Sentence Examples with the word physiognomy

The whole physiognomy is fleshy and markedly distinct from that of other Syrians.

In many parts the prevailing types have been modified by intermarriage with Bulgars, Albanians and Vlachs; so that, along the Timok, for instance, it is impossible to make physiognomy a test of nationality.

But the Hebrew ancestry of the Afghans is more worthy at least of consideration, for a respectable number of intelligent officers, well acquainted with the Afghans, have been strong in their belief of it; and though the customs alleged in proof will not bear the stress laid on them, undoubtedly a prevailing type of the Afghan physiognomy has a character strongly Jewish.

View more

The general physiognomy of the Indian flora is mainly determined by the conditions of humidity of climate.

With Lavater the descriptive school of physiognomists may be said to have ended, as the astrological physiognomy expired with De la Belliere.

He does not enter into the animal comparisons of his predecessors, but occupies himself chiefly with simple descriptive physiognomy as indicative of character; and the same is true of the scattered references in the writings of Duns Scotus and Thomas Aquinas.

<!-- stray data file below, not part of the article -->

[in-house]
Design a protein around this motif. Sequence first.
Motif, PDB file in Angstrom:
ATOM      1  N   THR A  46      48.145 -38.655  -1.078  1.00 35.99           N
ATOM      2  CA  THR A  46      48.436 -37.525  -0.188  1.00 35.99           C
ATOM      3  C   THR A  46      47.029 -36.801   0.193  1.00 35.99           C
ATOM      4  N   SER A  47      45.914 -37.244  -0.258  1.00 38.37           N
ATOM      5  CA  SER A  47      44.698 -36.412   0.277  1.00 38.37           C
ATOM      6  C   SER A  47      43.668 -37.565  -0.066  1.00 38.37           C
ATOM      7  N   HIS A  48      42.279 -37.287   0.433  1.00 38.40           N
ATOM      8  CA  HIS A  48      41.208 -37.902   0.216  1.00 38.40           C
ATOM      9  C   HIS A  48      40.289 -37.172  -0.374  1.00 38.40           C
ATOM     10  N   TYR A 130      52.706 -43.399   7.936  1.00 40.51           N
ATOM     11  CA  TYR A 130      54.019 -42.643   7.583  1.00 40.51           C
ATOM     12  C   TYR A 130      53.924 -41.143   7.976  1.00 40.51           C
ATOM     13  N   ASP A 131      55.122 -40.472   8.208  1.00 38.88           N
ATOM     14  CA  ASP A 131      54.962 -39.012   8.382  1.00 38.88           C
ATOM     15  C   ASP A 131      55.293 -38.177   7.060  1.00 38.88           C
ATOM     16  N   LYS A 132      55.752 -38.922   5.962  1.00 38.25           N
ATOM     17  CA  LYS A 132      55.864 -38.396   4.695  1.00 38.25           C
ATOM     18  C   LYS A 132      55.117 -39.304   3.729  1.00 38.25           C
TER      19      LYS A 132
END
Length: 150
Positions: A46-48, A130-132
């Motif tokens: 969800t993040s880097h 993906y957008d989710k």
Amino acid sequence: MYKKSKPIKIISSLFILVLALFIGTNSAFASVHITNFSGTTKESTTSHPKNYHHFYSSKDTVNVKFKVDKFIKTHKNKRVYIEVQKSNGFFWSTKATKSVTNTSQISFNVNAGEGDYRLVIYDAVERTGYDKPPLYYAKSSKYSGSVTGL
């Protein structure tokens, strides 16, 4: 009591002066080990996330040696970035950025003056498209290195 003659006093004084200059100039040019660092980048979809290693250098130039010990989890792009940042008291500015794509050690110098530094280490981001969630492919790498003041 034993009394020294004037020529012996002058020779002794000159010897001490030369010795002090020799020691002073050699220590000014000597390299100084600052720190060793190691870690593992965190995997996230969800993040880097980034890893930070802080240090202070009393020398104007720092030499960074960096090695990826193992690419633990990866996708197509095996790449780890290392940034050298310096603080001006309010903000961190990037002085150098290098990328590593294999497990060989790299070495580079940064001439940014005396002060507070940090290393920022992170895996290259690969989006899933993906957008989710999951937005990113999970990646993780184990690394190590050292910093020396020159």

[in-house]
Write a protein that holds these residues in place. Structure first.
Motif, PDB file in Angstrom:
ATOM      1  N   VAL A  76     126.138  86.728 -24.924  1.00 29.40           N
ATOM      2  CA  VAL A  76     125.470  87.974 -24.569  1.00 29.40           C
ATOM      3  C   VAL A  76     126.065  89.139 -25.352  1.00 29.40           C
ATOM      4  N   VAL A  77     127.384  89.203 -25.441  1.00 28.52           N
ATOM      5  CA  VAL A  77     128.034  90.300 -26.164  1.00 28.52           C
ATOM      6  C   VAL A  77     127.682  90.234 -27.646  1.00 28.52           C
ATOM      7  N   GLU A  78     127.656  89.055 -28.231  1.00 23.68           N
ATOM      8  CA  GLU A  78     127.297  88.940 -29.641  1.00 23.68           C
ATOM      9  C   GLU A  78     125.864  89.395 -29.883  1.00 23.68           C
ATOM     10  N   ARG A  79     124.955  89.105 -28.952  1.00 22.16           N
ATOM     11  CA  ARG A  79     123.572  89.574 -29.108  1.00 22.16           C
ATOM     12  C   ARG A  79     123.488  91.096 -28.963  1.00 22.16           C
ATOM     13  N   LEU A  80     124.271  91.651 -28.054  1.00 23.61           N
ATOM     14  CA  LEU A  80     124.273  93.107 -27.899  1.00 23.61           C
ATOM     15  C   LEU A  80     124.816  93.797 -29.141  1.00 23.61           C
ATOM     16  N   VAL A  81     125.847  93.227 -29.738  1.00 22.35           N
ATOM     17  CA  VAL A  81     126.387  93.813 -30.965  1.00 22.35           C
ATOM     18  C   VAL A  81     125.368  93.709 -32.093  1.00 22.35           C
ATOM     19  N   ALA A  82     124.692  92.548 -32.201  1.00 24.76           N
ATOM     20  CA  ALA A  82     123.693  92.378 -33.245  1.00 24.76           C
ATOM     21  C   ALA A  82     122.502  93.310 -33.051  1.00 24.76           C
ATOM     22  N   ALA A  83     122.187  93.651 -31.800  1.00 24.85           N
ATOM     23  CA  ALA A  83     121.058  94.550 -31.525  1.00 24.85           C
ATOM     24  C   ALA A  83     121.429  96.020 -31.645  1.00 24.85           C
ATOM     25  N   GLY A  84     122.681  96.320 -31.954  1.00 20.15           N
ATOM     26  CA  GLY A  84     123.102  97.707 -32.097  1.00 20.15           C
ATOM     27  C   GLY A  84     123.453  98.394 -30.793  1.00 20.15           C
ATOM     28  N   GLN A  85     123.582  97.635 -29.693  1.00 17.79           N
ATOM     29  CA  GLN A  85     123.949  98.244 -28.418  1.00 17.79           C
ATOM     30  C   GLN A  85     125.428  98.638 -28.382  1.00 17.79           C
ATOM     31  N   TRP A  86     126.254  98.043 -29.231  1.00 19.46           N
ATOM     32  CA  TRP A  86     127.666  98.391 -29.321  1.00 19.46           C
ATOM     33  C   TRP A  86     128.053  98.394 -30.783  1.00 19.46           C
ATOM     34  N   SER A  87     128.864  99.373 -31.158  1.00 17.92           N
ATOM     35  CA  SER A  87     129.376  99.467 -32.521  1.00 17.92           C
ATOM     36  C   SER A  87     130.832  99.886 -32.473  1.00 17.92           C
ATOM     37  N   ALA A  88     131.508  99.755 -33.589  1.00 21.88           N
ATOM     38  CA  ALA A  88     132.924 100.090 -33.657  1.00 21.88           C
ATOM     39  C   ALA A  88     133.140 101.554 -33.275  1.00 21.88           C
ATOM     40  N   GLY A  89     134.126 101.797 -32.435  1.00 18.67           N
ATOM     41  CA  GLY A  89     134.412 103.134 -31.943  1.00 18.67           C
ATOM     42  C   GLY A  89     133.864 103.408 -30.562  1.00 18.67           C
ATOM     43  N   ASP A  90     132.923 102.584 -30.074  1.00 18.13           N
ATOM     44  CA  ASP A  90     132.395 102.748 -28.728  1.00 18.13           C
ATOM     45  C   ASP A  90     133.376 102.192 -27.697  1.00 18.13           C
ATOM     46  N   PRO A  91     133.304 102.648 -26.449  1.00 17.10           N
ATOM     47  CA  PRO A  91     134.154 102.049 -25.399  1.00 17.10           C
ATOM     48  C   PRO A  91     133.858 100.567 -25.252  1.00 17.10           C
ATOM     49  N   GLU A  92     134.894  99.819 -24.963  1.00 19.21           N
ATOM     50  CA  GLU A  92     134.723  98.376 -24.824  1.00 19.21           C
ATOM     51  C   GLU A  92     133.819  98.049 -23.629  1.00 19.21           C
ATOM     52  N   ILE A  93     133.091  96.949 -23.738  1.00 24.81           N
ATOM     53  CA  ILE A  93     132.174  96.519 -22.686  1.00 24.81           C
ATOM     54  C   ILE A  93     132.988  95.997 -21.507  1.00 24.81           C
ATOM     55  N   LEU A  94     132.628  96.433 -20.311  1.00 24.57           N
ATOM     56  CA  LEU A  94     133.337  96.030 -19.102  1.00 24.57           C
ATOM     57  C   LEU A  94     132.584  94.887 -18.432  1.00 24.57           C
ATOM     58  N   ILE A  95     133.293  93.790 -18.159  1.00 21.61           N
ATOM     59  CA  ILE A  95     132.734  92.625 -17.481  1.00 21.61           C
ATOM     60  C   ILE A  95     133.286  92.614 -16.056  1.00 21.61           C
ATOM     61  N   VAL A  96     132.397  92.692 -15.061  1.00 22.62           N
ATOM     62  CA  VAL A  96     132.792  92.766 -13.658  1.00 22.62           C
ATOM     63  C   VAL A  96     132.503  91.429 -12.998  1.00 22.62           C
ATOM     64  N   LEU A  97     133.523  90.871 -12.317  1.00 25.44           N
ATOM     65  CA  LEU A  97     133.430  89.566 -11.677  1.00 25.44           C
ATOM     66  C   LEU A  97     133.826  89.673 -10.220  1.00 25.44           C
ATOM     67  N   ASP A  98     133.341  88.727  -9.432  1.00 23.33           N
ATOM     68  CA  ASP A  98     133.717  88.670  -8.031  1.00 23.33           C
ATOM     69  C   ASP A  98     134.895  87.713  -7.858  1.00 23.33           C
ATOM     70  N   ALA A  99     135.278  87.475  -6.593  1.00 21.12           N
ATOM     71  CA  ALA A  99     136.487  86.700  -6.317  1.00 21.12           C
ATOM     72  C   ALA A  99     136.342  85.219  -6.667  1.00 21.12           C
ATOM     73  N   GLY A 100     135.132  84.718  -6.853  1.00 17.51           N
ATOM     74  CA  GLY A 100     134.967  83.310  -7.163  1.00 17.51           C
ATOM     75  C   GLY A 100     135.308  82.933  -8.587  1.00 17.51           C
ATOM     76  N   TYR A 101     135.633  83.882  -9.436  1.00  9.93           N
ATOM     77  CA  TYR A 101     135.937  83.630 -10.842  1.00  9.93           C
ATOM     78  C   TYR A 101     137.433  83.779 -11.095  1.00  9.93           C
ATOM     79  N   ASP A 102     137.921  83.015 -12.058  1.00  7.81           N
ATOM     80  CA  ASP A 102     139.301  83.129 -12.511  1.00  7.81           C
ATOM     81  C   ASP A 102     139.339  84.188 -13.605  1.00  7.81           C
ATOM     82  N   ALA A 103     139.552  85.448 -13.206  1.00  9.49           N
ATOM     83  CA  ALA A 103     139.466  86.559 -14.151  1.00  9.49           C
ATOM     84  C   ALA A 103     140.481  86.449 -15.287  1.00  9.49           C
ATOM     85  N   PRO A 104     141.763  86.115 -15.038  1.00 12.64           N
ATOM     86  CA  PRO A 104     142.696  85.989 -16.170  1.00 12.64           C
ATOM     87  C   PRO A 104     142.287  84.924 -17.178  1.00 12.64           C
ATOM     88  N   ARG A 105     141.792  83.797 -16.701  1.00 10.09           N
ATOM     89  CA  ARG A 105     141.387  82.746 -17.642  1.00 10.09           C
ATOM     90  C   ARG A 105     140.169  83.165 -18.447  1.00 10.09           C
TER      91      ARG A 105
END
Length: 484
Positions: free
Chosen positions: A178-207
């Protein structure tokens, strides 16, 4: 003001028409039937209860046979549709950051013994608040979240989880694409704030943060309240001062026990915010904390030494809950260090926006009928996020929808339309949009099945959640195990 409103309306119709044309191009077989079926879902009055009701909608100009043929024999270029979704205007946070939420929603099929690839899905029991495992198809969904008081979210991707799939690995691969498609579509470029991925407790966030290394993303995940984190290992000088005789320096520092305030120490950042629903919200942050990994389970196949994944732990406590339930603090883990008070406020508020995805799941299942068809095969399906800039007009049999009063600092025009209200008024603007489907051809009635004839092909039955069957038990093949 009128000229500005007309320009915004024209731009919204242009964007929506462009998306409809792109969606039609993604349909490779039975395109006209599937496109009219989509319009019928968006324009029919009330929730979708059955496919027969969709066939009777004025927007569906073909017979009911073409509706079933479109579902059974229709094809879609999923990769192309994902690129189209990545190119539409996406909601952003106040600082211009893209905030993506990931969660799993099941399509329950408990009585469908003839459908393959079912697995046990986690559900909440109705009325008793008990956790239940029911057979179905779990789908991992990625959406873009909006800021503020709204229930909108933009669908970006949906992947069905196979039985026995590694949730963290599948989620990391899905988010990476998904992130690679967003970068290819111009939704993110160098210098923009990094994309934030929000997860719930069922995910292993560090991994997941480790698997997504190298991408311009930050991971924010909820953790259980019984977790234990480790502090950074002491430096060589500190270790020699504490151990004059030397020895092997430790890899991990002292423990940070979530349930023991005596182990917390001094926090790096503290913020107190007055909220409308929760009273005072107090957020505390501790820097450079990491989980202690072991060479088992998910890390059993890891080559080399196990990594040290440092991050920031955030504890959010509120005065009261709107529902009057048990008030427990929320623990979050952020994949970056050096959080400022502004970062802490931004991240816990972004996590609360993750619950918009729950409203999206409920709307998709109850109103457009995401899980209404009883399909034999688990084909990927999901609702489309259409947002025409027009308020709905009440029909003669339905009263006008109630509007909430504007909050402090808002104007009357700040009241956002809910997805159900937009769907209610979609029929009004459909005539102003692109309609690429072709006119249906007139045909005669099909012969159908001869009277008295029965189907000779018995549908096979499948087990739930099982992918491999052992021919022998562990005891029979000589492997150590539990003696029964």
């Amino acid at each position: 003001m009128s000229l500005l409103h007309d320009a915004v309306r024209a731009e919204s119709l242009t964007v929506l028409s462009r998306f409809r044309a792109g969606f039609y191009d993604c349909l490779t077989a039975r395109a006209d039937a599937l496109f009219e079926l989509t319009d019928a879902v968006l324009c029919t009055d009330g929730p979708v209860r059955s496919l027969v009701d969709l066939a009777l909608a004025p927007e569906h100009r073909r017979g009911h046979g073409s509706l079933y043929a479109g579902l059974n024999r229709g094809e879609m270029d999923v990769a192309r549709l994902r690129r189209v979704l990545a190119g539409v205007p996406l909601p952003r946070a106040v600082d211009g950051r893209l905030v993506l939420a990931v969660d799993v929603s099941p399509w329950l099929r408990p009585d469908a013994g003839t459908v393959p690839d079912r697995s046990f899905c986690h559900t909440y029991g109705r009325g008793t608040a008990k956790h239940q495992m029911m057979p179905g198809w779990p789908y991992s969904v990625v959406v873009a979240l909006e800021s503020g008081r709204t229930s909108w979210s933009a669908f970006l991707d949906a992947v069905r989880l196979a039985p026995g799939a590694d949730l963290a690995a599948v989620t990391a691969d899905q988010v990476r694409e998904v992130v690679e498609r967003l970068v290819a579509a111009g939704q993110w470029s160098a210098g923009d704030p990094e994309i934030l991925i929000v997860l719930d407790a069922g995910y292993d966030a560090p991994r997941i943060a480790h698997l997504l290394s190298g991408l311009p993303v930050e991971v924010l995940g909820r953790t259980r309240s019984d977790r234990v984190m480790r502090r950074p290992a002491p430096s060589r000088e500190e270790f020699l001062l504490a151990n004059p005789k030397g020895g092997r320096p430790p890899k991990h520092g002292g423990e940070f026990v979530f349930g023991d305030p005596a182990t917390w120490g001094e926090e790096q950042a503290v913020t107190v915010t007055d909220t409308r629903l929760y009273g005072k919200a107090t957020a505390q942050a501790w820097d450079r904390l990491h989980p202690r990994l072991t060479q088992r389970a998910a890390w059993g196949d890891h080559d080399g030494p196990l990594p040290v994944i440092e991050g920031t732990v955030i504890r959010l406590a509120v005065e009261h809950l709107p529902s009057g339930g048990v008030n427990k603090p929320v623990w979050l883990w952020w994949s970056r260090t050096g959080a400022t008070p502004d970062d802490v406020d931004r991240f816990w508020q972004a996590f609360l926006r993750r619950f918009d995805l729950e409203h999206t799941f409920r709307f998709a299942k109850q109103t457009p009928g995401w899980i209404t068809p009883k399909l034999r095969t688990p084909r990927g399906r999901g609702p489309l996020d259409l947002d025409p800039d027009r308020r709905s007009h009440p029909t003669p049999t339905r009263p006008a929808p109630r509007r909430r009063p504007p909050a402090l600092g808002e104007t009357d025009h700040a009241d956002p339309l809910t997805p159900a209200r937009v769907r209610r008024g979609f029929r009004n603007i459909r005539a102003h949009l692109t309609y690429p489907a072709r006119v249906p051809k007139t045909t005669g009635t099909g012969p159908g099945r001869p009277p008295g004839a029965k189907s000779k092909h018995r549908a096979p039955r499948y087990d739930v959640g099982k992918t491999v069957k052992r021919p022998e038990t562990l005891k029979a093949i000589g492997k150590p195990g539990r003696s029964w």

Externally the most striking feature of the bird is its head, armed with a powerful beak that it well knows how to use, and its face clothed with hairs and elongated feathers that sufficiently resemble the physiognomy of an owl to justify the generic name bestowed upon it.

This resemblance, however, only has reference to the general aspect or physiognomy of the vegetation and to the plant forms: the fioristic composition of the various sclerophyllousand other physiognomically alliedassociations in the various geographical districts is very different; and indeed it is true that, just as the general physiognomy of plant associations is related to climate, so their floristic composition is related to geographical position.

We learn both from Iamblichus6 and Porphyry' that Pythagoras practised the diagnosis of the characters of candidates for pupilage before admitting them, although he seems to have discredited the current physiognomy of the schools, as he rejected Cylo, the Crotonian, on account of his professing these doctrines, and thereby was brought into some trouble.

But the costume and physiognomy of the inhabitants, the narrow streets and flatroofed, whitewashed houses, and more than all, the thousands of palm-trees in its gardens and fields, give the place a strikingly Oriental aspect, and render it unique among the cities of Spain.